19. Ala Dan

    Ala Dan Member in memoriam

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    The Combat Medic Badge

    Ladies & Gentleman-

    The Combat Medic Badge is another U.S. Military Award that is not easily
    obtained by a field medic, rendering aid to U.S. service personel while
    engaged in combat operations and under enemy fire. This award has to
    be documented on sight, (with date and time being paramount) by a
    2nd LT. or above, I believe~? Very few were awarded during the Viet-
    Nam War.
     
  20. 42

    42 member

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    All those decorated fpr valor are hero's in my opinion as are many mver decorated. In the UK we have less medals than the US I think pease corrct if i am wrong.

    the Victoria Cross is insanely difficult to get. The peacetime equivilent is the George cross and I belive that the POW medal along with purple heart shoud exist in the UK.

    we have some star medalsb equivalents including Military Crss Distingushed Military cross FC and DFC and citation in dispatches which IIRC allows an oak leaf badge.

    The Uk does offer some cool things for the troops though capaign badges on dress uniform for those who served, specialist badges and many carry badges they have traded for e.g a para carried the crossed kurris of the Gurkha. and campaign medals.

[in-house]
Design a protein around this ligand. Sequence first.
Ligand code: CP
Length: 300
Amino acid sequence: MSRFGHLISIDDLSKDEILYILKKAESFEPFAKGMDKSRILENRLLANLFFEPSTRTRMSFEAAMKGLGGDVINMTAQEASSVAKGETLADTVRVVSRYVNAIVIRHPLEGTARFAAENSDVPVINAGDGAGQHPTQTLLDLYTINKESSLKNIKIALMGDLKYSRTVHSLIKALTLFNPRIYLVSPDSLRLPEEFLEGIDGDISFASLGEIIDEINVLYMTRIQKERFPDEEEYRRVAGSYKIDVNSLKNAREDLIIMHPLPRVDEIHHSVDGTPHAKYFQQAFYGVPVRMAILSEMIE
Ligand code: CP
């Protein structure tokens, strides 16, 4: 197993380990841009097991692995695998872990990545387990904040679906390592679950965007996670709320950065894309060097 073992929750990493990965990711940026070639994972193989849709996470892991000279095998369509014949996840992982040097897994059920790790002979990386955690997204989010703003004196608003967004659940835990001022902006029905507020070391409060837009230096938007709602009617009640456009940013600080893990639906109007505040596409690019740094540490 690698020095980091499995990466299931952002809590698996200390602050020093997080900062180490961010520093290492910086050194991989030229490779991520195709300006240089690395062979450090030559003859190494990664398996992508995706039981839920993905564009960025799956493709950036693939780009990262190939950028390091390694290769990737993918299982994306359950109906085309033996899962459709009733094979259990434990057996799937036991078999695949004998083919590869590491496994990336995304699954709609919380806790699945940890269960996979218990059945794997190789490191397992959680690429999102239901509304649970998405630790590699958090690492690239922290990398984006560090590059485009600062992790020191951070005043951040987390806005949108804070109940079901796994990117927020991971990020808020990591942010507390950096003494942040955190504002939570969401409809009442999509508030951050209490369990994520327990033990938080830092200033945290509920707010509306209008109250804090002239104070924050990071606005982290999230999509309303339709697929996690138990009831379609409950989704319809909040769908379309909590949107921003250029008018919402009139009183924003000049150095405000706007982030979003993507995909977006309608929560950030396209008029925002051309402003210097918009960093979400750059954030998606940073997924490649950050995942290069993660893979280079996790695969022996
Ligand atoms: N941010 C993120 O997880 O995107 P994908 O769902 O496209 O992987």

21. Leanwolf

    Leanwolf Member

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    F Price, I thought you -- and others here --, might find that link interesting. What I forgot to put in my post was that Admiral Antrim was also awarded the Navy Cross, for his actions in combat previous to his capture and interrment in the Japanese concentration camp.

    FWIW.

    L.W.
     
  22. rero360

    rero360 Member

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    Alan Dan: I've met two individuals in the last 7 1/2 years of my military service that had the CMB, I know that one of our medics should have been awarded it, but again with the stringent regulations, she didn't get it, the deed worthy of the award happens but the right person isn't there to see it happen.
     
  23. Ala Dan

    Ala Dan Member in memoriam

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    Att: rero360-

    I'm sorry that person didn't get the CMB that she deserved; as is the
    case so many times. There is just no telling how many brave souls
    have gone into harms way, performed heroic acts and later were
    not reconized~! Of course, there are those that did this kind'a
    service; but don't want the reconigtion. To all those that did
    perform unselfish service to render aid, moral support, resupply
    ammo, rescue downed airman, or whatever else that duty called
    for I am extremely grateful.